Traditional and Contemporary Calligraphy between East and West

The exhibition “Maktub” showcases the various uses of paper in the Islamic lands, with a focus on Arabic calligraphy – one of the foundations of Islamic art and culture. To this day the importance of Arabic calligraphy has not diminished. Many calligraphers continue this traditional art form and contemporary artists throughout the world incorporate it into their work.

Paper, which plays a major role in our daily life, was invented in China 2,000 years ago. But it was the Islamic world that spread the knowledge of paper worldwide. According to historical sources, knowledge of papermaking reached the Islamic world through Chinese prisoners of war captured in a battle in Central Asia in 751 CE. Chinese paper was mainly manufactured from local subtropical plants; however, these plants were unavailable in Central Asia and the Islamic lands and so in those regions paper was produced from remnants of cotton and linen cloth. Muslims who adopted the use of paper brought the knowledge of its production to Iraq, Syria, Egypt, North Africa and eventually to Europe. The diffusion of paper and papermaking skill in the Islamic world in the period between the eighth and the fourteenth centuries led to a flourishing of all pursuits of knowledge and research – theology, geography, astronomy, medicine, mathematics and literature.

The availability of paper brought about changes in the arts in general and Arabic calligraphy in particular. Writing in the Arabic language was perceived as a spiritual art, because Arabic was the language in which the Quran was revealed to Mohammad in the seventh century. The first words God speaks to Mohammad in the Quran signal the importance of writing in Islamic culture and art: “Recite in the name of thy Lord, Who taught by the pen, Taught man what he knew not.” (Sura 96: 3–5).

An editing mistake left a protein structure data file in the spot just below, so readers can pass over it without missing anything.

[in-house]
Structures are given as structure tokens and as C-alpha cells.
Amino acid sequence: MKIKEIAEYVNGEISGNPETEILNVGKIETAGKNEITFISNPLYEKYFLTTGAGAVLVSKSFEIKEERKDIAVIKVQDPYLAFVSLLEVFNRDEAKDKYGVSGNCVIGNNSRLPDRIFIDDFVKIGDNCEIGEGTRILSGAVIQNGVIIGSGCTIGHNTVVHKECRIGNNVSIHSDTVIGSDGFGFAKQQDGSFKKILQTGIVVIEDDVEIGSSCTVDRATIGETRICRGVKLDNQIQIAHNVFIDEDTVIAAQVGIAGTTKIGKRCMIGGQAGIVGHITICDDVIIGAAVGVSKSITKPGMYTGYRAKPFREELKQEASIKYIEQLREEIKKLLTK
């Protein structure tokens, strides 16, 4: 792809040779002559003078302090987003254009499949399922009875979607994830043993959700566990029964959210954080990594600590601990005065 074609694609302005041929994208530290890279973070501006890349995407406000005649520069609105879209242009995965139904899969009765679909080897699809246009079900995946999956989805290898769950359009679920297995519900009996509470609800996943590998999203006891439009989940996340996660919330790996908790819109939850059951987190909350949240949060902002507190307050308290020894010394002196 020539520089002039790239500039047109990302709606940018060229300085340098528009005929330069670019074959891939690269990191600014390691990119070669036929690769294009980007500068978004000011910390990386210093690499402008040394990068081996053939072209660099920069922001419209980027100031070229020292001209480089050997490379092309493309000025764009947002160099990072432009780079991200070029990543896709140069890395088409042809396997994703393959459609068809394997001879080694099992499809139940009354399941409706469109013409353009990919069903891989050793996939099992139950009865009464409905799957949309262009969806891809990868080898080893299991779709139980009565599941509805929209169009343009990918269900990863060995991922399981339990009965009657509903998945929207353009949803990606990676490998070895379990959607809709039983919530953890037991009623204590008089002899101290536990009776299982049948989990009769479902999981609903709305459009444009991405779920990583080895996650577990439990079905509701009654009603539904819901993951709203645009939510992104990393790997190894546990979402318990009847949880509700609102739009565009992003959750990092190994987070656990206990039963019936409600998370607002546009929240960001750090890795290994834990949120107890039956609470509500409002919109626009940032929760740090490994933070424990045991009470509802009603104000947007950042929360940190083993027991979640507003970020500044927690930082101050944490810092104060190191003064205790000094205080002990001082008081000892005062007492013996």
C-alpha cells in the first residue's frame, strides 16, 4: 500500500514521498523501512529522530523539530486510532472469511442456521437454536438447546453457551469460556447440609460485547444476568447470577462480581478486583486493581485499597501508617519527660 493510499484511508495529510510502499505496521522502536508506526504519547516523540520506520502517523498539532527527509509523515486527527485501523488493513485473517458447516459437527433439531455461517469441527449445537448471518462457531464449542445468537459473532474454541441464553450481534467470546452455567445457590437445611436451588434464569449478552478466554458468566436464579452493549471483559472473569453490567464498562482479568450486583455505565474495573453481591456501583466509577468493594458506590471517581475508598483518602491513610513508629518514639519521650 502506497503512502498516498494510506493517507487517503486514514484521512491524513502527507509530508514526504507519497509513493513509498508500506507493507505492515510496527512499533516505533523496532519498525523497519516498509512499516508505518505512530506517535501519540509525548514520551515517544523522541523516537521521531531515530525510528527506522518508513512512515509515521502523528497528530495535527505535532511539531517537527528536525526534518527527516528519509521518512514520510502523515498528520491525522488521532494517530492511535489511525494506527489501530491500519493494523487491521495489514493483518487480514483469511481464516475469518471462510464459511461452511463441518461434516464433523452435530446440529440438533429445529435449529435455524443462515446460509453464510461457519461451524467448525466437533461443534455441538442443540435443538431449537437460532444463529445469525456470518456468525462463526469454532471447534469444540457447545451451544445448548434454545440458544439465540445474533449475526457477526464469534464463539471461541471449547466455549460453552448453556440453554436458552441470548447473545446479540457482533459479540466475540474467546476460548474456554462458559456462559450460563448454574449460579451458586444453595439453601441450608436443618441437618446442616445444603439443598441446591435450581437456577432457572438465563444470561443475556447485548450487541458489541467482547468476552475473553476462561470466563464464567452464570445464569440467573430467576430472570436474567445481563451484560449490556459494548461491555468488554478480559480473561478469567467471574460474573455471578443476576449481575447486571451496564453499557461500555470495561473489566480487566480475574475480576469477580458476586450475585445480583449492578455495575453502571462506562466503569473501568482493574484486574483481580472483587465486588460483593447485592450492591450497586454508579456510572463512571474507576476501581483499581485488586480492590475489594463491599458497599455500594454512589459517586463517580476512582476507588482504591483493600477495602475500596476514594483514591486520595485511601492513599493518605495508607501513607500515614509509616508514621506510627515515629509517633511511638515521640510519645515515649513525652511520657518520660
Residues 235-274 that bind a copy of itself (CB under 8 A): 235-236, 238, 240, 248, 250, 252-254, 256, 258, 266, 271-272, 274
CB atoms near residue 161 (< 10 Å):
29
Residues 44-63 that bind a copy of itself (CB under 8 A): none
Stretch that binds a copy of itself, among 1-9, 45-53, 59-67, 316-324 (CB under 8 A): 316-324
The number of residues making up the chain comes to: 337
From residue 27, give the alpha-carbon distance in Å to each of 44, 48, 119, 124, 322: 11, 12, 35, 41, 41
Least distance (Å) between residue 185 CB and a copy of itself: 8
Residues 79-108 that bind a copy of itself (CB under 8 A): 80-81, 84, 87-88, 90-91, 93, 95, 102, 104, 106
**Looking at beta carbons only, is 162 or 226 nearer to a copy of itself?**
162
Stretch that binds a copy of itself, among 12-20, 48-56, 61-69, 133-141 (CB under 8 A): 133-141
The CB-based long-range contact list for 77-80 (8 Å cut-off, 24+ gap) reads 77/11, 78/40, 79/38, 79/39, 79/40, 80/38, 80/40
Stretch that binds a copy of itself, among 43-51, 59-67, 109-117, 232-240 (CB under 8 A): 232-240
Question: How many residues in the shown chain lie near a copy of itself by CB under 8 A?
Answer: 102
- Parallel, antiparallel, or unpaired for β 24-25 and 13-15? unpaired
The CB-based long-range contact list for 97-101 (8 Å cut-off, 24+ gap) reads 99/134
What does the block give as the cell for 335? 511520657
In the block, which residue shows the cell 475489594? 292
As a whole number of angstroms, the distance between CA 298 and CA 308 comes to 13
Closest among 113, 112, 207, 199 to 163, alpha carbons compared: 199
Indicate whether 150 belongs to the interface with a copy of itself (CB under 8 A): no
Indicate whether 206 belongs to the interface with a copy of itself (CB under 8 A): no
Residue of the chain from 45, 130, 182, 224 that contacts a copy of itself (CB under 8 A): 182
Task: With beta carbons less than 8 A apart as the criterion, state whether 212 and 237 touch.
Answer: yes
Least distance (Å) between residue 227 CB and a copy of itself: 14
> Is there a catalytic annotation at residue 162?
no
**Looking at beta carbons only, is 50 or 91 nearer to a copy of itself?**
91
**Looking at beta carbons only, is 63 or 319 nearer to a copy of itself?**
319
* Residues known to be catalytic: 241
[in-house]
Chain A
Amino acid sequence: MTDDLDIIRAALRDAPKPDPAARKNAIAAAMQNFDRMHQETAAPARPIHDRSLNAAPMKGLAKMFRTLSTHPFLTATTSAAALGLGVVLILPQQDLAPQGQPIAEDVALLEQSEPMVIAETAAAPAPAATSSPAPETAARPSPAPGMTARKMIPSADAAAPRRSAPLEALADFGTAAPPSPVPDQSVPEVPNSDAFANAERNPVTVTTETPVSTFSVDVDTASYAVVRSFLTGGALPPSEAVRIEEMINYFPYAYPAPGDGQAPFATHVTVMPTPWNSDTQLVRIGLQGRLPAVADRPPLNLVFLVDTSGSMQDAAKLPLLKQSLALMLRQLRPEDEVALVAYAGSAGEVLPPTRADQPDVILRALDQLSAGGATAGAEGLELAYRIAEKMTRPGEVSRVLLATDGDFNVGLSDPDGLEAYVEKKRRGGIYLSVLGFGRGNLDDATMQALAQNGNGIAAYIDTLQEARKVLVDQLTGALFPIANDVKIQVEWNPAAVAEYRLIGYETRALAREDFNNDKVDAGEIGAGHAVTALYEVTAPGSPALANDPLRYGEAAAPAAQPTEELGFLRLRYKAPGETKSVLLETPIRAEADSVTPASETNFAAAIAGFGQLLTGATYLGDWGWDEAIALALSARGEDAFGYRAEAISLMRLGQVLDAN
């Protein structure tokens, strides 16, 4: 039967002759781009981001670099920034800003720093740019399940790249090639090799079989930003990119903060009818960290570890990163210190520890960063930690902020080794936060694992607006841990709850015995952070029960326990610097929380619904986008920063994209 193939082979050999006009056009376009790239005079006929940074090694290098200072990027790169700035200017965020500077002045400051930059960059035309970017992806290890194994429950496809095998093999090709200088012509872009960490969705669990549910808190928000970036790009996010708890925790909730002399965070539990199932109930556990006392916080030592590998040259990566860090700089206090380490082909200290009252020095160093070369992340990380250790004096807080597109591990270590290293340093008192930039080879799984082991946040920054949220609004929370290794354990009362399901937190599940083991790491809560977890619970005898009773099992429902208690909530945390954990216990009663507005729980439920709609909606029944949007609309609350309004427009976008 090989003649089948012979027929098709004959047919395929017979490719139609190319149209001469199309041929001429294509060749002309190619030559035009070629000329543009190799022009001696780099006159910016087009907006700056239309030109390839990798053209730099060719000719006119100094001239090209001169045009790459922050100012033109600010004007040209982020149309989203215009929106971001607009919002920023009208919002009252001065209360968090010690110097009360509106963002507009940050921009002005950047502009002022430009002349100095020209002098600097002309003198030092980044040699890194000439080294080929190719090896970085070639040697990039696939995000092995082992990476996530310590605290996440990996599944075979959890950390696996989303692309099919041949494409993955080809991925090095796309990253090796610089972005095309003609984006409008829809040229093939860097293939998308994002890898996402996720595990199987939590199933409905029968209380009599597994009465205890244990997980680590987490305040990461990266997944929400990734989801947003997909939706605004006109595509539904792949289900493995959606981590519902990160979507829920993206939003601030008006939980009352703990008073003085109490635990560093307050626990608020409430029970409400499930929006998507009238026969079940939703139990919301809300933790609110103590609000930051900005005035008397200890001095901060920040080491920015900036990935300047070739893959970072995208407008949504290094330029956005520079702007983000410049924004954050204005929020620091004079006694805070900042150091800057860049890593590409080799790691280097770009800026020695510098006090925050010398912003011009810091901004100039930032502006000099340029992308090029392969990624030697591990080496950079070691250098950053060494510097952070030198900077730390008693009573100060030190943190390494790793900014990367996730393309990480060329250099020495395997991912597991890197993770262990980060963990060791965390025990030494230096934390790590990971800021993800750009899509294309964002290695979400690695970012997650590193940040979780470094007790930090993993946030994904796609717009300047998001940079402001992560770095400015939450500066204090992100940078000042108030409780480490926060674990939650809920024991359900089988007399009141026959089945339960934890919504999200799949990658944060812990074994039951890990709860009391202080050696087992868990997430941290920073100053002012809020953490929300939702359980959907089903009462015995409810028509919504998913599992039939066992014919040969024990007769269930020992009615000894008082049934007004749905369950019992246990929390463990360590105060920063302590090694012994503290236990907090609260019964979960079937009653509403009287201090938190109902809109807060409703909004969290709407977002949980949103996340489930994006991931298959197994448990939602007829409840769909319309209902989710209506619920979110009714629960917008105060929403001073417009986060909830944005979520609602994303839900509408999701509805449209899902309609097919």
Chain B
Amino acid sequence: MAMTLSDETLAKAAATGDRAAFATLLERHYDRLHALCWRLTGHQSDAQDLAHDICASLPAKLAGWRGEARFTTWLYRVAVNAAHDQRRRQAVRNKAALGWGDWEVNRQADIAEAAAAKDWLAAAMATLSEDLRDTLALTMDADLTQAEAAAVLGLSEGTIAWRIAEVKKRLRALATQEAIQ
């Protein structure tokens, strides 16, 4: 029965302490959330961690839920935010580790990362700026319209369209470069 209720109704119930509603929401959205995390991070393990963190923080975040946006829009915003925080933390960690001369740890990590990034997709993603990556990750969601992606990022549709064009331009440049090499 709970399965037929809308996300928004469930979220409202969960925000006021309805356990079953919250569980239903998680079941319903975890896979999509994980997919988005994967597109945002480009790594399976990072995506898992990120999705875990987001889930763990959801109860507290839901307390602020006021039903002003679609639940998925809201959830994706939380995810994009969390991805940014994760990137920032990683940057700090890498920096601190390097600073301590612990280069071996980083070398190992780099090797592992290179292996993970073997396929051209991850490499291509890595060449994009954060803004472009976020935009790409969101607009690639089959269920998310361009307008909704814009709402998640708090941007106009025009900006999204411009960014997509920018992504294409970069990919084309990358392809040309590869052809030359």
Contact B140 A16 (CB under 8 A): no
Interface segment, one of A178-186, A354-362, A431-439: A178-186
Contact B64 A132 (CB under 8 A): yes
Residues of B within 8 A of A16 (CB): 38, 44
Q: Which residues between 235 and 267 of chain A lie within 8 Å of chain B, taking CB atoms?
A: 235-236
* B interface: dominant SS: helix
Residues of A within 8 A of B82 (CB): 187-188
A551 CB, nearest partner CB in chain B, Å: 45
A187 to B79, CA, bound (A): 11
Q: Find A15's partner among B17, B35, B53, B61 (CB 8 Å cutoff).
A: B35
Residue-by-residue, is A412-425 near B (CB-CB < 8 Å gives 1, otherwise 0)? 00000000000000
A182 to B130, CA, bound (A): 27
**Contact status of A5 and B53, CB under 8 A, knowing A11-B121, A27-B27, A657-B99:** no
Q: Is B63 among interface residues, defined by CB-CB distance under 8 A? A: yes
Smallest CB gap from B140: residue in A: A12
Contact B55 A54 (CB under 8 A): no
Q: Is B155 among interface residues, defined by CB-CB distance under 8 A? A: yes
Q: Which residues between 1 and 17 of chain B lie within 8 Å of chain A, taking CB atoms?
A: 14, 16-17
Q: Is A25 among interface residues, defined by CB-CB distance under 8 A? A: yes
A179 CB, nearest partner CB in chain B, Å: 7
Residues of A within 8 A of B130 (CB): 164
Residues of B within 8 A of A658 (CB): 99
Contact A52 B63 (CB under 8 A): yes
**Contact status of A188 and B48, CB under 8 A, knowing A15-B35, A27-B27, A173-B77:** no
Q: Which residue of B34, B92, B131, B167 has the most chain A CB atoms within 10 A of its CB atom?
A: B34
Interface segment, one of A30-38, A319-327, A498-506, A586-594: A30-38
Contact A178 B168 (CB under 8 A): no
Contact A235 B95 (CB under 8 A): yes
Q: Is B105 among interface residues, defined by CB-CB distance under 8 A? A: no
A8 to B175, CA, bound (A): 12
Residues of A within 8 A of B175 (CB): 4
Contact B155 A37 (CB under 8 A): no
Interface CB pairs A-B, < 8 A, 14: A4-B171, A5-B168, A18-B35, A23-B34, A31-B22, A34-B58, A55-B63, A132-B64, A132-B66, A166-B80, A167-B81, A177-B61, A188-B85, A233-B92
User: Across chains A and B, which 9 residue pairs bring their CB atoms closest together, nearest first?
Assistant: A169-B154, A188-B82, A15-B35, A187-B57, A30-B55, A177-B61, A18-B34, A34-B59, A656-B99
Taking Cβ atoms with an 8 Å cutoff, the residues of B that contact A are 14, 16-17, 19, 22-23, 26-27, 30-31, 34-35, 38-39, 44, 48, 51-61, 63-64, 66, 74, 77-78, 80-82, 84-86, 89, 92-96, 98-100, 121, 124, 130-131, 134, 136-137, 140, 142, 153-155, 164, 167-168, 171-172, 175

In the ninth century the art of calligraphy was established by the calligrapher Ibn Muqla (866–940). He developed a system of proportional script based on geometric principles and defined six types of script styles, which became the foundation for this art form.

Other calligraphers after Ibn Muqla continued designing Arabic script. From the tenth century, volumes of the Quran were transcribed on paper and bore many stylized decorations as well as “carpet pages” – entire pages covered with ornate decoration. From the fourteenth century, illustrated books became a major form of art in the Islamic world. The size of the paper allowed many illustrations of inanimate objects, animals and figures to accompany the script. The illustrations continue to proliferate and from the fifteenth century they began to be collected into albums. The printing revolution, which began in Europe at this time, was slow to reach the Islamic lands, and only in the eighteenth century did the first Muslim-owned printing press open.

The exhibition showcases traditional works of art alongside contemporary ones, most of them making use of calligraphy on paper. The traditional works present various uses of paper in Islamic lands, and reflect the importance of calligraphy in Islamic culture. These include calligraphic pages and calligrapher’s tools, Qurans, amulets, illustrated books, album pages as well as early printed materials, such as a Quran from the seventeenth century printed in Europe. The contemporary works on display offer new interpretations of traditional and stylized writing, and were created by the artists: Farid Abu-Shakra, Kutluǧ Ataman, Liron Lavi Turkenich, Kazuo Ishii, Shirin Neshat and Ella Ponizovsky Bergelson.


Dr.Sharon Laor-Sirak

Exhibition curator